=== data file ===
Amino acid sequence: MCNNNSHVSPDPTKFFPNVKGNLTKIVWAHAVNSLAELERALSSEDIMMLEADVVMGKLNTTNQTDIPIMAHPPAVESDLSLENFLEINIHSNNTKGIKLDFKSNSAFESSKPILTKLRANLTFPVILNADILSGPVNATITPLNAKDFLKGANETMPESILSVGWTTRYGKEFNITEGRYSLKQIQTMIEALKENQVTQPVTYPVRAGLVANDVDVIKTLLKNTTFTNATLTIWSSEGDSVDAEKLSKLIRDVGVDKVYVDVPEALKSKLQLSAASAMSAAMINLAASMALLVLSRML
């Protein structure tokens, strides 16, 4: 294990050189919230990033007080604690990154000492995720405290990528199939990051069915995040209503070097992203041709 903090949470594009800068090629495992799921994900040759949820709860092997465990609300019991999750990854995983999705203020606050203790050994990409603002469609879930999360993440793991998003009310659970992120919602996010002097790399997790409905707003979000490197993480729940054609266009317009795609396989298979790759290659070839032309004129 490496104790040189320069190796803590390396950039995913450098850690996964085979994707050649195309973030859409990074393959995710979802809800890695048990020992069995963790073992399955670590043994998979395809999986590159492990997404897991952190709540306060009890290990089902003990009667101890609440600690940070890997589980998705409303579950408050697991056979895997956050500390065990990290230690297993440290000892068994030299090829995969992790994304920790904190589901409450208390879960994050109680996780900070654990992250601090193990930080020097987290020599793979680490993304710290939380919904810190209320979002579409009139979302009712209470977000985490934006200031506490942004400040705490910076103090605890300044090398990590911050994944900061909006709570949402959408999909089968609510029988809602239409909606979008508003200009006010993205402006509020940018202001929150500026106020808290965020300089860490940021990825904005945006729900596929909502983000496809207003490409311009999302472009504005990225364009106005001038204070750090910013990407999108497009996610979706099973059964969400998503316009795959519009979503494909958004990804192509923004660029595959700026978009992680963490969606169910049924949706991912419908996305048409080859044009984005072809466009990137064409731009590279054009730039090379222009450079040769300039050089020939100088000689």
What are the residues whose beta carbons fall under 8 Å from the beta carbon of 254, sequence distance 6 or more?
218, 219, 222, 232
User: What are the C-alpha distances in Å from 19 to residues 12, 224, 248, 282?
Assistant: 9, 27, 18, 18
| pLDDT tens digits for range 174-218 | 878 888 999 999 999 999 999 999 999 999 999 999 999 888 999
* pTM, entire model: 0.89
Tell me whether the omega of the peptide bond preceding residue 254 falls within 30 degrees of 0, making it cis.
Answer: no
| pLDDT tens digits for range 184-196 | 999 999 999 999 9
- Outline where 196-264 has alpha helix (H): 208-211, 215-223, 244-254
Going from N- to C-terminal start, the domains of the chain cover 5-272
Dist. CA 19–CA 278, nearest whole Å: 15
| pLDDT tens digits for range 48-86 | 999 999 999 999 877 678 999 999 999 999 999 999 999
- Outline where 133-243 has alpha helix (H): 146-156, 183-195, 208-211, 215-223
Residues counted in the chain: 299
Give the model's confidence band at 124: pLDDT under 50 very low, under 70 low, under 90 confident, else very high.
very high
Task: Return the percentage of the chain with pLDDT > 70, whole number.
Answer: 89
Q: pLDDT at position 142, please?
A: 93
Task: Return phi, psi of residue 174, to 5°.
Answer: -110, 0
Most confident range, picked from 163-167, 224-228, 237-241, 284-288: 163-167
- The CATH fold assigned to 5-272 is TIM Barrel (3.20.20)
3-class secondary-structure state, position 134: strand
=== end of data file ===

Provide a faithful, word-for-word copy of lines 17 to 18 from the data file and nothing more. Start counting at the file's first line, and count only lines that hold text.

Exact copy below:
Residues counted in the chain: 299
Give the model's confidence band at 124: pLDDT under 50 very low, under 70 low, under 90 confident, else very high.